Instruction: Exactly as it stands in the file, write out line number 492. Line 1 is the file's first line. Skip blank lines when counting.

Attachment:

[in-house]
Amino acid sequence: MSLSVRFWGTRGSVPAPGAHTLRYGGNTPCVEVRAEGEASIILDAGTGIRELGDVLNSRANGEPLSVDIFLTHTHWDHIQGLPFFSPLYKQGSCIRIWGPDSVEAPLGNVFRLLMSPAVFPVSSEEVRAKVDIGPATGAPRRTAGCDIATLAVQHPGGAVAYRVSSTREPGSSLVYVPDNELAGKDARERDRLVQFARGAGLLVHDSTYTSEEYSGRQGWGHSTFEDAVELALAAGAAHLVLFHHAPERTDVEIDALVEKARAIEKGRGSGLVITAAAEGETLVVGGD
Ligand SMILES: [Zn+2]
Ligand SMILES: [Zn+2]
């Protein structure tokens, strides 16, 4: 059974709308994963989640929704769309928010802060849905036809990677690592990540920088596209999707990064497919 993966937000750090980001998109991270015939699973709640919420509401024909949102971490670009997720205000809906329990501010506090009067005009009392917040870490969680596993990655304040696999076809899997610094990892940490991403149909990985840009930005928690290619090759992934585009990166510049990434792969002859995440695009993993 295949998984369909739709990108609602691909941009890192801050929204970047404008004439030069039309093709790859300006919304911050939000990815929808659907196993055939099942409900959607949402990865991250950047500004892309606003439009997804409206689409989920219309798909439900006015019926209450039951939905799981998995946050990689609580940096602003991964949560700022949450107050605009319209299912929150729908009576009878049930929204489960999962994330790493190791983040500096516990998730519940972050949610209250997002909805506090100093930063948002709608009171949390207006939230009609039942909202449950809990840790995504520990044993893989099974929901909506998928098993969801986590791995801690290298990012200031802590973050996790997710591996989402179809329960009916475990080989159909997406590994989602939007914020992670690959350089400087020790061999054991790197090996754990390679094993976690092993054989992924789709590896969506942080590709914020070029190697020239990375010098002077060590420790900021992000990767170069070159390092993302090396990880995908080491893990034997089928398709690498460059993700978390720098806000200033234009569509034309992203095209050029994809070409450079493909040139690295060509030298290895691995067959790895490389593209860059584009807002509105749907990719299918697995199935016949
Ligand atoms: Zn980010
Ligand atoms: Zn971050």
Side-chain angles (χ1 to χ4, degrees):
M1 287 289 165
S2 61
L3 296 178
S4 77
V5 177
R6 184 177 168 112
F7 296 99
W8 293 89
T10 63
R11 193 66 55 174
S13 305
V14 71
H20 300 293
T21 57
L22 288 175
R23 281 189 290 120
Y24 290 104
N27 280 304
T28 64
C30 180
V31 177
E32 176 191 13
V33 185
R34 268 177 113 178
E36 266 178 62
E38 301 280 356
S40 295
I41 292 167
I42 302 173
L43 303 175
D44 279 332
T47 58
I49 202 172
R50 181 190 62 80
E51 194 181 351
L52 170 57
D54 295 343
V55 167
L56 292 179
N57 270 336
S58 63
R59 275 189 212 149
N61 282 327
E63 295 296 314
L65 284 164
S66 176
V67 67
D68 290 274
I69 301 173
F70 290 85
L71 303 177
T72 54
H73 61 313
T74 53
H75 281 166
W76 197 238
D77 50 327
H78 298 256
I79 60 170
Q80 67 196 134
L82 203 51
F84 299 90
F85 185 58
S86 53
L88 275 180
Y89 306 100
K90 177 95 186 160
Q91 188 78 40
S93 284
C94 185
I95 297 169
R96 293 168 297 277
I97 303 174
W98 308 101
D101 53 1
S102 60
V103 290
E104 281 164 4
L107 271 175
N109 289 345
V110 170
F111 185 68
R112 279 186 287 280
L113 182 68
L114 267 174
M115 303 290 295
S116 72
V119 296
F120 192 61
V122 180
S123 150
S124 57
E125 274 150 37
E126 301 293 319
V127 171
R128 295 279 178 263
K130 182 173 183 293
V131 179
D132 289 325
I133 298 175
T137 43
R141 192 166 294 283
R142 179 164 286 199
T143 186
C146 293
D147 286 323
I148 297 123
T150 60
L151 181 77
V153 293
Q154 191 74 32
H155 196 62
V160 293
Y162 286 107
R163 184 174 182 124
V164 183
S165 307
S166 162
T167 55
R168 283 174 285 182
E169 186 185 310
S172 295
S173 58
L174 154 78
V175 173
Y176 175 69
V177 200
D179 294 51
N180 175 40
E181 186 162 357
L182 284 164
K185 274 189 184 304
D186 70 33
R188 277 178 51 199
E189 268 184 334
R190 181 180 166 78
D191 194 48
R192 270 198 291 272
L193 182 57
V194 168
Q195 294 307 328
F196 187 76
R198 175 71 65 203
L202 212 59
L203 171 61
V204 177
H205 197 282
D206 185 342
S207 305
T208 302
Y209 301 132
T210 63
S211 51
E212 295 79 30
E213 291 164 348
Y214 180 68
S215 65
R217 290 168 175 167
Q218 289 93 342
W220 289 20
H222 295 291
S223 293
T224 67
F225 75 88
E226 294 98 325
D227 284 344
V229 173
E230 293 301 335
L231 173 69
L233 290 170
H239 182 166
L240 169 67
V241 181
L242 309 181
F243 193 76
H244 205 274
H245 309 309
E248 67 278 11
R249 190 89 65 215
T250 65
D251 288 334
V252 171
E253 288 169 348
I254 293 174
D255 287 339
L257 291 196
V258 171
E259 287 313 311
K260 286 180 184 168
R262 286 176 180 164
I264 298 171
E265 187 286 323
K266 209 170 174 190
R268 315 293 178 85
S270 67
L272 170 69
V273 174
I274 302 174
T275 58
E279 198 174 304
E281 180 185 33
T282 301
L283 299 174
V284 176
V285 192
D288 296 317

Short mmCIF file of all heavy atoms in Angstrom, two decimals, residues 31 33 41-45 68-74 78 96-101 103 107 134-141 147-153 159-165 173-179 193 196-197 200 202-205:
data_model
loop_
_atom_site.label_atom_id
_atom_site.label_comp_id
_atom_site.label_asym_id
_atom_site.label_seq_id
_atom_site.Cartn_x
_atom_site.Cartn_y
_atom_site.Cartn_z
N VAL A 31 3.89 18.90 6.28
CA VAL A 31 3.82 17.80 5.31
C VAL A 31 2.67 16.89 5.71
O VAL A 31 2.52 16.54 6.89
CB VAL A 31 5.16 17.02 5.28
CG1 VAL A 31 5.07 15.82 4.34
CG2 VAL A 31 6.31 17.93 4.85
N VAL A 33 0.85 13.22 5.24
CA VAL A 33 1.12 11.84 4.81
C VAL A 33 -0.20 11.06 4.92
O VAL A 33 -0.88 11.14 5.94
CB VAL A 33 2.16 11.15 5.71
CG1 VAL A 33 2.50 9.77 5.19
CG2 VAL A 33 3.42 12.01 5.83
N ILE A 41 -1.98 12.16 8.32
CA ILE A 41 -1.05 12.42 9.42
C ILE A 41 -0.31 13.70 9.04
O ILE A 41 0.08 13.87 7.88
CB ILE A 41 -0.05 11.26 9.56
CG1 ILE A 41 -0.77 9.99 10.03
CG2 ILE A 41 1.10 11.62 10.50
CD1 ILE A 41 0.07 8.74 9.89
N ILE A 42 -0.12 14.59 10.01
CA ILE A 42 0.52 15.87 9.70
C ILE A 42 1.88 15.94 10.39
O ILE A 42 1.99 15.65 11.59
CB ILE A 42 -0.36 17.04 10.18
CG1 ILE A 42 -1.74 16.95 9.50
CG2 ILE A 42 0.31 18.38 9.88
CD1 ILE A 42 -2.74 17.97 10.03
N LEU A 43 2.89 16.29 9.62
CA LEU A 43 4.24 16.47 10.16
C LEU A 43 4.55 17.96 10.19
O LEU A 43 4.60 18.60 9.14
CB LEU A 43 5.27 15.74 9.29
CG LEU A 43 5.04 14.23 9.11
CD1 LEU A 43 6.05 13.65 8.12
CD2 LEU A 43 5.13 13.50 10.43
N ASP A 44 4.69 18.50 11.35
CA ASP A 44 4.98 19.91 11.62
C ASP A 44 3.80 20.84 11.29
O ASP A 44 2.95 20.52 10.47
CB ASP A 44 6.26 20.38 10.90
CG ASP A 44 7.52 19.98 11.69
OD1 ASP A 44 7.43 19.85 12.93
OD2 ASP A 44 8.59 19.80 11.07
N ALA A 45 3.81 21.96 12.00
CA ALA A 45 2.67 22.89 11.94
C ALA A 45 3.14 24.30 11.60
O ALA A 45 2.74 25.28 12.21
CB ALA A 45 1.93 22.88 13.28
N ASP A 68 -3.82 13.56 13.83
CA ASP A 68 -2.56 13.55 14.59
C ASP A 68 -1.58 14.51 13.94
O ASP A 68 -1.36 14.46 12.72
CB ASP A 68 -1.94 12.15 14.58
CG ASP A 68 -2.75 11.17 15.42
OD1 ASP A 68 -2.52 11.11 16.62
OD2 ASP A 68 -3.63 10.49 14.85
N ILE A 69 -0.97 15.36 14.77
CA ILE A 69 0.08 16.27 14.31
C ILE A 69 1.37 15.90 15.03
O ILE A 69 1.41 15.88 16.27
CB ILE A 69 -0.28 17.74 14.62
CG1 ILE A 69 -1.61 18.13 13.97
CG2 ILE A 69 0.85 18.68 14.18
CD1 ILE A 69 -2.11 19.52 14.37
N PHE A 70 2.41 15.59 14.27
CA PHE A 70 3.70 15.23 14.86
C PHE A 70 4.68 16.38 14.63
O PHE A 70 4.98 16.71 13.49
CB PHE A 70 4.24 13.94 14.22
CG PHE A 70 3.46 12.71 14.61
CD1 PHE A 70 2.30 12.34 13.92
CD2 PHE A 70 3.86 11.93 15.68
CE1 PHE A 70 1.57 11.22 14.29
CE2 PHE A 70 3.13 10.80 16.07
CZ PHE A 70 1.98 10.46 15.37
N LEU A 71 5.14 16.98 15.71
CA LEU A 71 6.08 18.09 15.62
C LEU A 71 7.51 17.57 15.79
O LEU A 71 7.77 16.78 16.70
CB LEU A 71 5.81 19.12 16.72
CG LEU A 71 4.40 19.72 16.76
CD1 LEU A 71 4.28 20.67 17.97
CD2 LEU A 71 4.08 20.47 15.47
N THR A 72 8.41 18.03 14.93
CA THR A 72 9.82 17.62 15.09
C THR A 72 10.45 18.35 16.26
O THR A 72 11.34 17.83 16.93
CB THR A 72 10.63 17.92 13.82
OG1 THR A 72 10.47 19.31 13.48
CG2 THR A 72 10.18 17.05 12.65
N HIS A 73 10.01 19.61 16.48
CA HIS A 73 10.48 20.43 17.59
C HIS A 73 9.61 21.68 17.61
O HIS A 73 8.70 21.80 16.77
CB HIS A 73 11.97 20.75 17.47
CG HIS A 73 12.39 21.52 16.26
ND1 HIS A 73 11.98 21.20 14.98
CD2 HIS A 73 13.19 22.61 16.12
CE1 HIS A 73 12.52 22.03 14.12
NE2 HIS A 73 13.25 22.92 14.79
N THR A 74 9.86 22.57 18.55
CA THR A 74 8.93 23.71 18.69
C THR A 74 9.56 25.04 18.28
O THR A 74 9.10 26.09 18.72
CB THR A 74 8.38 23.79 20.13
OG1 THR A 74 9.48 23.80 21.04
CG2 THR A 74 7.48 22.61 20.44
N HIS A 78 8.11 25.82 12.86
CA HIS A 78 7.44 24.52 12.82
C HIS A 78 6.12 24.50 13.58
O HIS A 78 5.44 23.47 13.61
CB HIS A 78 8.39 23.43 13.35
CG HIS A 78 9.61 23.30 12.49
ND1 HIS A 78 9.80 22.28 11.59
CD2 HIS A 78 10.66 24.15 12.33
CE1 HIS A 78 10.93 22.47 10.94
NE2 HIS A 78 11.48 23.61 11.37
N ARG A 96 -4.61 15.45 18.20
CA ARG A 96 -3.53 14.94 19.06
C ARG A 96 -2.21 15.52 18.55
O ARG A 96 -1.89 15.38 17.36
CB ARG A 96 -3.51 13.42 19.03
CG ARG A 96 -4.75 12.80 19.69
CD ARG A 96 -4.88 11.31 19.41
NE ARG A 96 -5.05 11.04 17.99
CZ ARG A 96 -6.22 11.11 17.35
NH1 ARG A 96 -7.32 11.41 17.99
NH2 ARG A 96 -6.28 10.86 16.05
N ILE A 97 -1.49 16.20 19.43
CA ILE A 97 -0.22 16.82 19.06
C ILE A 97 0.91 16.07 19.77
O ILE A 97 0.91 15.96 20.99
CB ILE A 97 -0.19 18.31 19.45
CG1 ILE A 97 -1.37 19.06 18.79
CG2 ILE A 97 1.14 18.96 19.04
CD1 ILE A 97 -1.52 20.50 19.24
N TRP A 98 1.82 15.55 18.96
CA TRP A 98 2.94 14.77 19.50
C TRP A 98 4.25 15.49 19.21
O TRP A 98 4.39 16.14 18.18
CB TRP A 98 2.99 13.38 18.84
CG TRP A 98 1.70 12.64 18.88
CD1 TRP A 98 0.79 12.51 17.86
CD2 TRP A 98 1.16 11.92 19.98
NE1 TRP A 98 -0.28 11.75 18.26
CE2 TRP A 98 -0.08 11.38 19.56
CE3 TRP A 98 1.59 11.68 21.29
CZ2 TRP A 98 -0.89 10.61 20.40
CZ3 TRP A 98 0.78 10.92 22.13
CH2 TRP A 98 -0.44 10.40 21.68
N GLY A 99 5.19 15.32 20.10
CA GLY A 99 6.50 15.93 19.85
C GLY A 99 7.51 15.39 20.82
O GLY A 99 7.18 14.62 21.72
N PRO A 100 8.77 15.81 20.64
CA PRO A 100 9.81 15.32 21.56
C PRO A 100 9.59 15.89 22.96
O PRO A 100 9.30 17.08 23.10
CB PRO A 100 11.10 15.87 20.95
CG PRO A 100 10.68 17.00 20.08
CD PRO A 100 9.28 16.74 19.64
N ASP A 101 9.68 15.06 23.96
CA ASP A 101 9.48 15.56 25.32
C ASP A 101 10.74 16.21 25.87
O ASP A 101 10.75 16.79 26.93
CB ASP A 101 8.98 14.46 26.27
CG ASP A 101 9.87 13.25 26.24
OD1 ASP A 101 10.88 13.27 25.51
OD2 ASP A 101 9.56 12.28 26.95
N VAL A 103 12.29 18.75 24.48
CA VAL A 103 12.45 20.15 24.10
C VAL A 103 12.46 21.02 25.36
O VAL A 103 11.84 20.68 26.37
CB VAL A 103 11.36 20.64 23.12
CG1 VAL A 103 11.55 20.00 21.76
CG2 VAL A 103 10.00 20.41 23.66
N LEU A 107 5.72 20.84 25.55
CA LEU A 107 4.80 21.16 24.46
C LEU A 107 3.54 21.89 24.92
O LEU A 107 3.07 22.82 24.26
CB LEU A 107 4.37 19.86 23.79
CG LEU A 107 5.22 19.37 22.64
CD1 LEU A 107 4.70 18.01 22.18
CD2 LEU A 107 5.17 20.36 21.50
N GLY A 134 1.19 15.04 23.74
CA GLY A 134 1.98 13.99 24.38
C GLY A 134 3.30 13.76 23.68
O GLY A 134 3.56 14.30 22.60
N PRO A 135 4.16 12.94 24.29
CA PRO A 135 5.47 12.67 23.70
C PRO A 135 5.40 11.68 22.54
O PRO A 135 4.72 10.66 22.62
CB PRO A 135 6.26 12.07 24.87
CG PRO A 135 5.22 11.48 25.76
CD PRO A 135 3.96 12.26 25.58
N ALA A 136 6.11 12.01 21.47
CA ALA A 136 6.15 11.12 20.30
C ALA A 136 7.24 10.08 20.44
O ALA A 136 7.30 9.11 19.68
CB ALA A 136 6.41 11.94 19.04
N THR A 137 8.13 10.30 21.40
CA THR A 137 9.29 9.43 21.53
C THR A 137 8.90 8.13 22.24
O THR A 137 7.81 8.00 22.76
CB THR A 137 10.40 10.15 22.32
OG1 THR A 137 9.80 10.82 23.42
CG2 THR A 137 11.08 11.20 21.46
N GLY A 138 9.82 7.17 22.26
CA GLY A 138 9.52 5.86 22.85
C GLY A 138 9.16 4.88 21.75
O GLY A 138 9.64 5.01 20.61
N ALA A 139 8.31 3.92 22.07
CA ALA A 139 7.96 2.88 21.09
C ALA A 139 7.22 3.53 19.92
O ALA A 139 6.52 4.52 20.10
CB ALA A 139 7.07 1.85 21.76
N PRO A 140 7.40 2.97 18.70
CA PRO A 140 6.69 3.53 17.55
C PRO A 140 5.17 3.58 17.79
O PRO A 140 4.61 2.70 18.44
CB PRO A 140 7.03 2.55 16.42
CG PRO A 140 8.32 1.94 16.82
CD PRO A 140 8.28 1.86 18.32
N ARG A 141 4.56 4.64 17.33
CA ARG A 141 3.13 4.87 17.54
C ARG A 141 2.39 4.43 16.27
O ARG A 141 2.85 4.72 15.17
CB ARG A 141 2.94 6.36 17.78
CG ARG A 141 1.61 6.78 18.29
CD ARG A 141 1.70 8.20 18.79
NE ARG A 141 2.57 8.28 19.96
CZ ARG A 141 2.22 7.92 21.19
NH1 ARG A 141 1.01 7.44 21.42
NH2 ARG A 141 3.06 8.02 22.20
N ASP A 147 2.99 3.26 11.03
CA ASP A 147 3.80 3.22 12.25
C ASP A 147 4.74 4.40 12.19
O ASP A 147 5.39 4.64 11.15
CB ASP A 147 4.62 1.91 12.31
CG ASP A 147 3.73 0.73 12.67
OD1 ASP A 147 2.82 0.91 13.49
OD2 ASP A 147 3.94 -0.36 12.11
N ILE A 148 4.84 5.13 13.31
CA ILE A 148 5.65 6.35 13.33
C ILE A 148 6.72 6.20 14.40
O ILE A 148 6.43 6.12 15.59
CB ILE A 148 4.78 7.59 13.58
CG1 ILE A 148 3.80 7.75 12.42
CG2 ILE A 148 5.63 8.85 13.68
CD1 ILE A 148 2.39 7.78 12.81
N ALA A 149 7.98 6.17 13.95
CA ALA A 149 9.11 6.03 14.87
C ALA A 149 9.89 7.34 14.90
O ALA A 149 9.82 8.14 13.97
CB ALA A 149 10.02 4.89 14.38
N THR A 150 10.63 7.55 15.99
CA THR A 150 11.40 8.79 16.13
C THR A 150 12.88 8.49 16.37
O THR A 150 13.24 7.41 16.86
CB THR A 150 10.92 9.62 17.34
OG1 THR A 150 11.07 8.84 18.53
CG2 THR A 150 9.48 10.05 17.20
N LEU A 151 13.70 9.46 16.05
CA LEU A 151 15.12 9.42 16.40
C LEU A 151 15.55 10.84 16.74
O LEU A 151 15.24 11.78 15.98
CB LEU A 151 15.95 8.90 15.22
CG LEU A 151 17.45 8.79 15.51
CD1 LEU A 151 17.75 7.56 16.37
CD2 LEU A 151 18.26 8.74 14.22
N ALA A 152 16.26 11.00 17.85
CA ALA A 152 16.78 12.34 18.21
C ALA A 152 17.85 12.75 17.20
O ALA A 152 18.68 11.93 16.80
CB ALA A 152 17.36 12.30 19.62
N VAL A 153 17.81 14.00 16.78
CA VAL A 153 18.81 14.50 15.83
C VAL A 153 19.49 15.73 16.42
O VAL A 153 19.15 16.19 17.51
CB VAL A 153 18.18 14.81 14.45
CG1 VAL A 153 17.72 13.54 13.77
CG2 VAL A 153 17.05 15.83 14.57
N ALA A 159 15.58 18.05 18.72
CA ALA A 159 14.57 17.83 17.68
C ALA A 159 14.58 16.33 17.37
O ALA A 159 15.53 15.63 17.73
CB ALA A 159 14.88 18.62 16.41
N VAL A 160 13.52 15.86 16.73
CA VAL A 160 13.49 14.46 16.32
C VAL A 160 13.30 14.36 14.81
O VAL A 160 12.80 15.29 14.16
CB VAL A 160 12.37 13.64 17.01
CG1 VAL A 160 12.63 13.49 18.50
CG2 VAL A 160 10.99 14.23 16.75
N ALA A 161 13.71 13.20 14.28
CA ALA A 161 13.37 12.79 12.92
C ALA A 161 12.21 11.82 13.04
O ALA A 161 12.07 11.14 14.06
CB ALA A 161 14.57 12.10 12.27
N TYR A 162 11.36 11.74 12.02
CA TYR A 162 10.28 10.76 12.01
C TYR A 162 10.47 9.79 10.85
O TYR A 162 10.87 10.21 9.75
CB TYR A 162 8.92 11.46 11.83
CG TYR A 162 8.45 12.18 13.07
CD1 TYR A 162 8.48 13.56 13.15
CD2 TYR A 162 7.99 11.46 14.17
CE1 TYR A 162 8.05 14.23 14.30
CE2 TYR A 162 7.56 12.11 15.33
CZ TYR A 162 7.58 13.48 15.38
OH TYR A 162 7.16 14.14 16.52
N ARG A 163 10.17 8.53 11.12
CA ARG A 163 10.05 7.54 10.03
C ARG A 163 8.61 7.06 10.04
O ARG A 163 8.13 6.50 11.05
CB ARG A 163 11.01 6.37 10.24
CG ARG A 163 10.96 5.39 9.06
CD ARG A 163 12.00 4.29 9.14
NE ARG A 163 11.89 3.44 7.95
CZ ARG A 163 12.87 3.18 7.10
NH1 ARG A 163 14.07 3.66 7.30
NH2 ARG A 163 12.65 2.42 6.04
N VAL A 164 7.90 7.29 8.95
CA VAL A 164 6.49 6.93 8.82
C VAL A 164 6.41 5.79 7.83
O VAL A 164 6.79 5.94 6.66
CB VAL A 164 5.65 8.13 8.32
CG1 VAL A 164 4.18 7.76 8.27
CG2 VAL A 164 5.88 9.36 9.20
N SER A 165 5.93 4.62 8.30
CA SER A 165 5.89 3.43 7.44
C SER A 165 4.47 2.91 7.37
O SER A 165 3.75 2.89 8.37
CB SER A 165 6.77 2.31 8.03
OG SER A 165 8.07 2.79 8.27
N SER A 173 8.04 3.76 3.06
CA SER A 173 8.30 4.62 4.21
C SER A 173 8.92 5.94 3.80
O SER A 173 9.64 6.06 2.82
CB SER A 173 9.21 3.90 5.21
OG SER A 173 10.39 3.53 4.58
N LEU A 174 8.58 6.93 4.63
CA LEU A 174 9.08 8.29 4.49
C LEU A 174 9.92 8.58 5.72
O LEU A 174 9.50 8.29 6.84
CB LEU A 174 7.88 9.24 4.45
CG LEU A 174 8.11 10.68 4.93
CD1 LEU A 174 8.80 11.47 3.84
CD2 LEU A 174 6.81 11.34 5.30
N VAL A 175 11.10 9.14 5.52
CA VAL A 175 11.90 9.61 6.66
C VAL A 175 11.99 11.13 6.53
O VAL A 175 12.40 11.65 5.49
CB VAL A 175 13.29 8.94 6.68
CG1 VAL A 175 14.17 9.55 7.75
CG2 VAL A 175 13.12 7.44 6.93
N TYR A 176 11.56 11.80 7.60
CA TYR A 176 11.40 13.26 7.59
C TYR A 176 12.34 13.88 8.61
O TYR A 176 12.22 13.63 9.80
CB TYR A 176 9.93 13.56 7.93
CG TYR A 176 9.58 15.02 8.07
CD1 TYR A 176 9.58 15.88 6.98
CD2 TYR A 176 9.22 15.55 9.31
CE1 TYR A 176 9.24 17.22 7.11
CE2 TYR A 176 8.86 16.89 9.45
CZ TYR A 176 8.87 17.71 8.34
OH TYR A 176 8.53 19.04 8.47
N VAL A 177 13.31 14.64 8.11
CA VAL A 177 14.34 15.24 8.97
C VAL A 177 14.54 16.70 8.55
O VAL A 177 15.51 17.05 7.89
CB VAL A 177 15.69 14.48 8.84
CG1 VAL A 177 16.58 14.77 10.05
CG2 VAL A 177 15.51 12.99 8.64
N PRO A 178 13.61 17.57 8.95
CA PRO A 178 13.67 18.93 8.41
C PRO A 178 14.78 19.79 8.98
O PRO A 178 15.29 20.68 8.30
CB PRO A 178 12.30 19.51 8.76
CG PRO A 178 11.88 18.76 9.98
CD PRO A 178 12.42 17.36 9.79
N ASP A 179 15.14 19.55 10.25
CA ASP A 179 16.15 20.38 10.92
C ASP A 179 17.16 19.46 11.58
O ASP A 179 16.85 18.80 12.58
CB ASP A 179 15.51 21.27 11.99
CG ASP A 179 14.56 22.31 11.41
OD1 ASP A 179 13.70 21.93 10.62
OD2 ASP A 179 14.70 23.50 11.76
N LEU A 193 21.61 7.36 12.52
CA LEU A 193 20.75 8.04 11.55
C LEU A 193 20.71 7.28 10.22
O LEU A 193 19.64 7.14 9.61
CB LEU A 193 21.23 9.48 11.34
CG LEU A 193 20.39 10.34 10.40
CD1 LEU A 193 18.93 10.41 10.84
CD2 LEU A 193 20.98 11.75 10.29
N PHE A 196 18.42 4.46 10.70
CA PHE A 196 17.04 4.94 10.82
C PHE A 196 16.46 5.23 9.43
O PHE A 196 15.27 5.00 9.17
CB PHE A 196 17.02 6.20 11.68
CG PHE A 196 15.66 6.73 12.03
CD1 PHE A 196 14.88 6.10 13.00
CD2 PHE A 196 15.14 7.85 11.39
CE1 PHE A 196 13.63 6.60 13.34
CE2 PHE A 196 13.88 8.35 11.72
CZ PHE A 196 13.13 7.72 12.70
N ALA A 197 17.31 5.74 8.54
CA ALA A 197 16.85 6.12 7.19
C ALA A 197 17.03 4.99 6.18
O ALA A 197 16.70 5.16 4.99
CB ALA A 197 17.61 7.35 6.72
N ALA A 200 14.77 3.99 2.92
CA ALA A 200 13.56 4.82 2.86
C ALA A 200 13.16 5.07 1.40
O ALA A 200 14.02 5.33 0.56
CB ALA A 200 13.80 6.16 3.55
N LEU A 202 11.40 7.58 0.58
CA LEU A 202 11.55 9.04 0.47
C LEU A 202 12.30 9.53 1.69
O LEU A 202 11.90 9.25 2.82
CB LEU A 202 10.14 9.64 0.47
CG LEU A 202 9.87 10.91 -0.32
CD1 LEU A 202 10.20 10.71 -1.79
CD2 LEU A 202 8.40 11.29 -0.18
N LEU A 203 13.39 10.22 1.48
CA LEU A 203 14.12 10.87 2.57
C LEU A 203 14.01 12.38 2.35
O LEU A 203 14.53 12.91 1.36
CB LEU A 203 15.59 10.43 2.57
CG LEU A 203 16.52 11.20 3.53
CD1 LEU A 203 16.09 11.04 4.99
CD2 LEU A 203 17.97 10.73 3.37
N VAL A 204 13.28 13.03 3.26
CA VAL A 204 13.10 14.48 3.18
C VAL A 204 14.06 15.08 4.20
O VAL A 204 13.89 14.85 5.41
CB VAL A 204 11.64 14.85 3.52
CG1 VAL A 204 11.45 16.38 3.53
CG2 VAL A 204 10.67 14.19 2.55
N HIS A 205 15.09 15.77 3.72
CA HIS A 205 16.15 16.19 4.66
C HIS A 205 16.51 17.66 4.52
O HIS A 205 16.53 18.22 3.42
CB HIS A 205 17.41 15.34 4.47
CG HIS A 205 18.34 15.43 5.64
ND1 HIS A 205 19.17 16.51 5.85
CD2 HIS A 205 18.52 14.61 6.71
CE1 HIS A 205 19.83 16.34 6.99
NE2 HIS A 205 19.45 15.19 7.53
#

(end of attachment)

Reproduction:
C LEU A 151 15.55 10.84 16.74